Posts Tagged ‘Mercury Seven’
Bureaucratics is a project consisting of a book (ISBN 978-1-59005-232-7) and exhibition containing 50 photographs, the product of an anarchist’s heart, a historian’s mind and an artist’s eye. It is a comparative photographic study of the culture, rituals and symbols of state civil administrations and its servants in eight countries on five continents, selected on the basis of political, historical and cultural considerations: Bolivia, China, France, India, Liberia, Russia, the United States, and Yemen. In each country, I visited up to hundreds of offices of members of the executive in different services and at different levels. The visits were unannounced and the accompanying writer, Will Tinnemans, by interviewing kept the employees from tidying up or clearing the office. That way, the photos show what a local citizen would be confronted with when entering.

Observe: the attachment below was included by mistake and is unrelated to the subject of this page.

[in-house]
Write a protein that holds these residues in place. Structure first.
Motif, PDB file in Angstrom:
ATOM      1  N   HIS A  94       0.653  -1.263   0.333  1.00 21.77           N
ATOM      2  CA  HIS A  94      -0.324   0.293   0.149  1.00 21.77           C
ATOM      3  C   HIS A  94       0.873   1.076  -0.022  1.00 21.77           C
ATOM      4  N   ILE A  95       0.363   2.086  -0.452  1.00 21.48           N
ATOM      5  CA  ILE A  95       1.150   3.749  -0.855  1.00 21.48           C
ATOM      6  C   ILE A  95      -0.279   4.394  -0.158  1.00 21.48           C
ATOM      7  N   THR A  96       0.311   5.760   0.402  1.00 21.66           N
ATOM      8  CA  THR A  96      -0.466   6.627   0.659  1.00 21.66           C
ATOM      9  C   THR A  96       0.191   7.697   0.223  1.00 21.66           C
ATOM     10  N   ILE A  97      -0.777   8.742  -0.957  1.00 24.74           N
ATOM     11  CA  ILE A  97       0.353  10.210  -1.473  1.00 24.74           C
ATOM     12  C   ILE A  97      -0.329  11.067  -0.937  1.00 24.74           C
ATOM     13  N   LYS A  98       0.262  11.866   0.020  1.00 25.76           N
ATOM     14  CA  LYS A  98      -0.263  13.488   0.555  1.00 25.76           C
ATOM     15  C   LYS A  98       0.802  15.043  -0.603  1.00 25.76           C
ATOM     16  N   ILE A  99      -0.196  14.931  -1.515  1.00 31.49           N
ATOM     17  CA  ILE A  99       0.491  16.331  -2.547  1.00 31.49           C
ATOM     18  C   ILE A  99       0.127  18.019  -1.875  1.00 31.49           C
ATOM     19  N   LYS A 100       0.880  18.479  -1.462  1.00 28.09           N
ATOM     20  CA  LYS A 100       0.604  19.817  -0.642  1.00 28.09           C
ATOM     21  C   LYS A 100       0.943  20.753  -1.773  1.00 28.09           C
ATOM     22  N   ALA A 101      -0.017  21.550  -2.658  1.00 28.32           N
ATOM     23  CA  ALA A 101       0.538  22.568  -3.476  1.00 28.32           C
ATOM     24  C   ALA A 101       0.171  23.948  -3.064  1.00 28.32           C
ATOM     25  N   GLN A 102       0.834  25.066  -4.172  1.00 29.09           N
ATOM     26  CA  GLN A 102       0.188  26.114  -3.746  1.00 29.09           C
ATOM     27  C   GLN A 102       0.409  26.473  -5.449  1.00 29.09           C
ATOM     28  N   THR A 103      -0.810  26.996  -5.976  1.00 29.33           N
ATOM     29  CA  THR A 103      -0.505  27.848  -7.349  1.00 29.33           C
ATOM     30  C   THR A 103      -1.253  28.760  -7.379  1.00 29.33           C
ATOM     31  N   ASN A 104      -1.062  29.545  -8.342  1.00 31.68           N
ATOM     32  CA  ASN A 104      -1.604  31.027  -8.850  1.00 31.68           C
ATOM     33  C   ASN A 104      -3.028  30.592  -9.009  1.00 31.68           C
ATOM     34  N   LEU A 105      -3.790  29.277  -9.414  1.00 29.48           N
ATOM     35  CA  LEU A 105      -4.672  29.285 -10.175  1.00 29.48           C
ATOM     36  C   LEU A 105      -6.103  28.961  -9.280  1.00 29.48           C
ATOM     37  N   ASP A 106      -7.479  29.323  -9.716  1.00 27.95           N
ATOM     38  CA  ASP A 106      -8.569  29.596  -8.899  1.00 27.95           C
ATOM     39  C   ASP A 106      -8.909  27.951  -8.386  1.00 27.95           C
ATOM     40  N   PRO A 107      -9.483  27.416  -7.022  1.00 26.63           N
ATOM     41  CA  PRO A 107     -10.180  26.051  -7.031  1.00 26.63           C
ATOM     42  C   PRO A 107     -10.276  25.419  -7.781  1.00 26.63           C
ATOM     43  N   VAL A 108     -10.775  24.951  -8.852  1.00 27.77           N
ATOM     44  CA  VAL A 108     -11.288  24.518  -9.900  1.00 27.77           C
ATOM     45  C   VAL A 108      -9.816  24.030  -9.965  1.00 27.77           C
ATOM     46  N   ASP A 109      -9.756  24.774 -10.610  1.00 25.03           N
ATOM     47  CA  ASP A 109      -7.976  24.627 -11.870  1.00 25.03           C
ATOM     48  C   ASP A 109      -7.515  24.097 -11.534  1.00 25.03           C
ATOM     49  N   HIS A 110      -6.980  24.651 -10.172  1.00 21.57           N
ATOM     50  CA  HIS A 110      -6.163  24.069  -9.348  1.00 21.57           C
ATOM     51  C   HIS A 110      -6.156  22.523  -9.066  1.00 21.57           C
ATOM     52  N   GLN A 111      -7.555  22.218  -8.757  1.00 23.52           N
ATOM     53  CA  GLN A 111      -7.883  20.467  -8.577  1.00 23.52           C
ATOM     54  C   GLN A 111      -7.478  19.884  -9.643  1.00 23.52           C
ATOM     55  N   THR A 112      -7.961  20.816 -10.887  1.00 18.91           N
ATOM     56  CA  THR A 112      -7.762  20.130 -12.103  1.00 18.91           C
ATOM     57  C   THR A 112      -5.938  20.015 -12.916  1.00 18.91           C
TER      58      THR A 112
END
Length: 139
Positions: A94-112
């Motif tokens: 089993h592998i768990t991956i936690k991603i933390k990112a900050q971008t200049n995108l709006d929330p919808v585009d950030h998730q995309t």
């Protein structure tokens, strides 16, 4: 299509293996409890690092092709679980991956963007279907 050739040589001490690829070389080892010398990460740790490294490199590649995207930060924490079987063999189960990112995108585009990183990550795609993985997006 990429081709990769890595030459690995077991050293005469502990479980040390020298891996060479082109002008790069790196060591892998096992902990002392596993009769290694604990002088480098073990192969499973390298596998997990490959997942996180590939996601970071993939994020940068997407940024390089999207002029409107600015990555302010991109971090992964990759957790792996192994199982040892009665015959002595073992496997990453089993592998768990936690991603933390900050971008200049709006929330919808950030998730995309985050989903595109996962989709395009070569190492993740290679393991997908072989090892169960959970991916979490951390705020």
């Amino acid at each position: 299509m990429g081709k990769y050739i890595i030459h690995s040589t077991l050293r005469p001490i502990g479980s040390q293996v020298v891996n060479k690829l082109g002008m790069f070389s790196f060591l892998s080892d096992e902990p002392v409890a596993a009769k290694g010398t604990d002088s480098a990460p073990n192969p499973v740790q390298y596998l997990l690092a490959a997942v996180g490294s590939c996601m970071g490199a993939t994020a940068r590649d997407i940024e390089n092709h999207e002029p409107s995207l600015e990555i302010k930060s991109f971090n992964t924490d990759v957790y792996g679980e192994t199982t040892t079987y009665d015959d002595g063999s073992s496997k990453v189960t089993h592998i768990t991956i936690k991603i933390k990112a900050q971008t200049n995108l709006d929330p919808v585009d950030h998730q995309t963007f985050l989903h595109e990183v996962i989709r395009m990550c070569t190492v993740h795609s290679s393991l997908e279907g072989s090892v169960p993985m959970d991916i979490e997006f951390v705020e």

– Dutch documentary photographer Jan Banning
Continue the tour through dozens more photos at Jan Banning’s “Bureaucractics.”
[TotH to Flavorwire]
As we feel the need of a coffee break, we might recall that it was on this date in 1959 that the National Aeronautics and Space Administration (NASA) introduced America’s first astronauts to the press: Scott Carpenter, L. Gordon Cooper Jr., John H. Glenn Jr., Virgil “Gus” Grissom, Walter Schirra Jr., Alan Shepard Jr., and Donald Slayton. The seven men, all military test pilots, were selected from a group of 32 candidates to take part in Project Mercury, America’s first manned space program.
After they were announced, the “Mercury Seven” became overnight celebrities. But the Mercury Project suffered some early setbacks; and on April 12, 1961, Soviet cosmonaut Yuri Gagarin orbited Earth in the world’s first manned space flight. Less than one month later, on May 5, astronaut Alan Shepard was successfully launched into space on a suborbital flight. Then on February 20, 1962, John Glenn became the first American to orbit Earth. NASA continued to trail the Soviets in the space race until the late 1960s, when NASA’s Apollo program put the first men on the moon and safely returned them to Earth.
The gentlemen with The Right Stuff (source: NASA)